• Avoid overwhelming interagency partners with JTF coordination and planning demands by channeling most communications through the LNO team.

• Designate the staff office responsible for interagency coordination. Many JTFs designate their plans directorate of a joint staff (J-5) or CMOC with this responsibility. Provide appropriate resources for this function.

• Where both a large country team or JFO and a military JTF exist side-by-side, detailed procedures should be developed for staff coordination.

• For CS operations, the JTF HQ is ideally colocated with the JFO per NRF guidance. All ESFs are represented in the JFO.

• Consider also how to integrate military elements that may not be part of core JTF (e.g., special operations forces, to include those conducting train and advise missions).

JFODS6: The Joint Forces Operations & Doctrine SMARTbook, 6th Ed. (Guide to Joint Warfighting, Operations & Planning)This article is an extract from "JFODS6: The Joint Forces Operations & Doctrine SMARTbook, 6th Ed. (Guide to Joint Warfighting, Operations & Planning)" by The Lightning Press. Download a free PDF sample and learn more at:  JFODS6: The Joint Forces Operations & Doctrine SMARTbook, 6th Ed. (Guide to Joint Warfighting, Operations & Planning).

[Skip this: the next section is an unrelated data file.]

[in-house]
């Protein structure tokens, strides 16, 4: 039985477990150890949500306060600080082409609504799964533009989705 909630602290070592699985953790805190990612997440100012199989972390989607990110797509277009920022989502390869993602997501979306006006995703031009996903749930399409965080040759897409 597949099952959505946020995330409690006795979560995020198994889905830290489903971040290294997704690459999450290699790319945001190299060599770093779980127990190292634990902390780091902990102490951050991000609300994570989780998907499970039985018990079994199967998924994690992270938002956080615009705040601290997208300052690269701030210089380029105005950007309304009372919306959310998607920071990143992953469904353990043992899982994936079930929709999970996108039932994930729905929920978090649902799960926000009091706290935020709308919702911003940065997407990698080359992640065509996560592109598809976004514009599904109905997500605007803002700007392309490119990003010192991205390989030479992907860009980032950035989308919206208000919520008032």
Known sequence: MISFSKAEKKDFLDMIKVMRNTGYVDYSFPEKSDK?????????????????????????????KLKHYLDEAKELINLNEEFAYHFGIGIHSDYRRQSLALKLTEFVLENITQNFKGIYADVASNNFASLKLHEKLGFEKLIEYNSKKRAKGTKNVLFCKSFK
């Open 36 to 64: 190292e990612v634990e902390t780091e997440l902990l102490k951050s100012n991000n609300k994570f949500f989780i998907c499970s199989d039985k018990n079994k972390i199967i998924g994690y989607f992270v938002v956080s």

Browse additional military doctrine articles in our SMARTnews Blog & Resource Center.

About The Lightning Press SMARTbooks. Recognized as a “whole of government” doctrinal reference standard by military, national security and government professionals around the world, SMARTbooks comprise a comprehensive professional library. SMARTbooks can be used as quick reference guides during operations, as study guides at education and professional development courses, and as lesson plans and checklists in support of training. Browse our collection of Military Reference SMARTbooks to learn more.

Subscribe to the SMARTnews mailing list!

* indicates required